AP Business Writer
NEW YORK (AP) -- Paperless Post has defied its original digital business model successfully once. Now the online invitation and greeting card startup is taking that defiance a step further.
The New York company launched Paper by Paperless Post in October after customers requested a way to get its electronic greeting cards and invitations in a more old-fashioned way: On actual paper. Starting Wednesday, Paperless Post is teaming up with stationery and card maker Crane & Co. to print wedding invitations. Users will be able to choose from 35 wedding invitation designs that they can customize and then print on Crane paper.
It sounds like an unlikely match: Crane has been printing cards and stationery on paper made of 100 percent cotton since 1801 in Dalton, Mass., while Paperless Post was launched in 2009 by 20-something siblings with no plans to ever print cards.
But it turns out people still want to walk to the mailbox and send the real thing, even though it's much easier and less expensive to send invites and greetings through a tweet, Facebook message or email.
"People might say paper is dead or dying, but actually, it's not at all. It's just more rarified," says Alexa Hirschfeld, who co-founded Paperless Post with her brother James Hirschfeld. "The choice to send paper has more meaning because of the fact that you don't have to."
The way Paperless Post presents its cards may have helped drum up demand for something more traditional. Its digital cards look like the real thing. When a card is sent, the receiver first sees a closed envelope. When it opens, a digital card slides out.
"One of our biggest help requests was 'how can I print this card?'" says James Hirschfeld. About 30 percent of the nearly 11,000 cards on Paperless Post are able to be printed.
Some Paperless Post users say they are willing to send online wedding invitations, says Alexa Hirschfeld, but their mothers won't allow it. "We've heard that so often," she says.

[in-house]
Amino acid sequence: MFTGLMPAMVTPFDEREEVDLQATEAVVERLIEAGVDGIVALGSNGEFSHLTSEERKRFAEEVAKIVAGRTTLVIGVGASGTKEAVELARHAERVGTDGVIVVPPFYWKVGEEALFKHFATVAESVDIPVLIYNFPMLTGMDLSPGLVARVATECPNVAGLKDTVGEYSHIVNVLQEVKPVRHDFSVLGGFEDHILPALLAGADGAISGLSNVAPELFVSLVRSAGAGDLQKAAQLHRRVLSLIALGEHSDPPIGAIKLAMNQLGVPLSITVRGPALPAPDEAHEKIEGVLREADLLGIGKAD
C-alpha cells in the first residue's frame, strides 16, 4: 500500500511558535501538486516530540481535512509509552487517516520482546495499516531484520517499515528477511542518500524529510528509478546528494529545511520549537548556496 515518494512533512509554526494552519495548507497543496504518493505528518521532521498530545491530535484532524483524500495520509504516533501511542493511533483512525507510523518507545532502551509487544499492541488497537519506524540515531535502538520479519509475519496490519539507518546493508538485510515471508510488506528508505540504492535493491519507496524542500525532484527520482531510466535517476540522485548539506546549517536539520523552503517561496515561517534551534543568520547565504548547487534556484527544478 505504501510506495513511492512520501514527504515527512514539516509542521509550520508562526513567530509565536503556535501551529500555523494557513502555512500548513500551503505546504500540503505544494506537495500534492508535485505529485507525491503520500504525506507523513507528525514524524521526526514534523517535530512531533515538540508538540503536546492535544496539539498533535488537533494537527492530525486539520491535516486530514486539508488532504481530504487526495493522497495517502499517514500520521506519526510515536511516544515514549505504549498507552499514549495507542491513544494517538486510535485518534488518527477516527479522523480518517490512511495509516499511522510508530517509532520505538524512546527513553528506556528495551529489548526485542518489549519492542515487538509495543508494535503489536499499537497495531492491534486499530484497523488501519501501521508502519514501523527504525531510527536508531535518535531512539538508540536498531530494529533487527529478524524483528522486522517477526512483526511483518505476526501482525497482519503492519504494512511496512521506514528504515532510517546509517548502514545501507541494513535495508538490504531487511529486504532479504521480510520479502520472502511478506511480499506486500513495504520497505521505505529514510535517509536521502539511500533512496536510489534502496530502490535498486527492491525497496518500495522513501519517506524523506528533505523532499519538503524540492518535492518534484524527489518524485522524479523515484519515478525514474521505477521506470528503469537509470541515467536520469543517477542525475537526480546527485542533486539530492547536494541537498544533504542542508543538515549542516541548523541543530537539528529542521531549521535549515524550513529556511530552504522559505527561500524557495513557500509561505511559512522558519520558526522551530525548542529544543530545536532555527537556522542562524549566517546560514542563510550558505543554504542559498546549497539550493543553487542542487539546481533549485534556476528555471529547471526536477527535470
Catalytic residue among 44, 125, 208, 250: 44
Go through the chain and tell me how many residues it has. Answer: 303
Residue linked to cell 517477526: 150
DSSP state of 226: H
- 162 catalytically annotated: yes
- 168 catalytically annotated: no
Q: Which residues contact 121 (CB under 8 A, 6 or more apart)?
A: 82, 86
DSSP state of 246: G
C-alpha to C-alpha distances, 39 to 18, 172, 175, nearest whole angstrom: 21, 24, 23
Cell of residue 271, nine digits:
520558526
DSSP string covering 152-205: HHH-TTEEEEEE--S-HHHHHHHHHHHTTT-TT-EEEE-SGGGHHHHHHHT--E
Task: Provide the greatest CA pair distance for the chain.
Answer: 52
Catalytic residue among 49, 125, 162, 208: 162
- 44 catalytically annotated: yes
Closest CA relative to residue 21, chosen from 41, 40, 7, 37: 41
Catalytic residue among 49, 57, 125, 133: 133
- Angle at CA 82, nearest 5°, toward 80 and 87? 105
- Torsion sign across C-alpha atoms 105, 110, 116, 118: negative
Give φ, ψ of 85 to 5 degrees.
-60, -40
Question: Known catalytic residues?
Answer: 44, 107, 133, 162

Paperless Post proposed the pairing to Crane in the fall. The company wanted to work with Crane because of its reputation for high quality paper. The Hirschfelds' mother and grandmother told Alexa as a child that really nice thank you notes must be sent on Crane stationery. "I never forgot that," Alexa Hirschfeld says. "I think a lot of people have that memory."
Other digital companies have gone physical, too. Online retailers such as men's clothing seller Bonobos and handmade-product marketplace Etsy have opened actual stores or showrooms. Amazon.com has placed lockers in stores where customers can pick up their packages.
Even before working with Crane, the company's printed cards were a hit. Revenue jumped 49 percent in the first 30 days after the October launch. Part of the reason for the increase is the higher price. Customers pay an average of $1.75 for each paper card, while the digital ones cost about 25 cents each. The lowest priced Crane wedding invitations will cost $2.60 each, without a reply card, and $3.70, with a reply card, for an order of 500. The price increases with smaller orders. Save the date cards and thank you cards in matching designs are sold separately.
The main difference between the Crane invitations and the other paper offerings on the website is that they can be engraved or include letterpress printing, so that the printed messages have texture. When an invitation is engraved, the text pops from the paper. Letterpress means the text is indented into the paper. Engraved cards are more commonly used for formal weddings, while letterpress is used for more casual events, says James Hirschfeld. A third printing option is thermography, which creates a result that is similar to engraving, but costs less.
When customers buy a Crane invitation through Paperless Post, they can also get a digital copy to send to people online. Senders can then keep track of who they sent invites to and who responds through the Paperless Post website.
The siblings started Paperless Post when they were in their early twenties. James Hirschfeld, now 27, came up with the idea after planning his 21st birthday party. He didn't have the time or money to send paper invitations, but he says he felt the digital ones available at the time were lacking. "It didn't reflect how much I cared," he says.
That's when he came up with the idea of selling stylish digital cards. "If I have this problem and I'm a 21-year-old man," says James Hirschfeld, "there must be a lot of other people in America thinking that."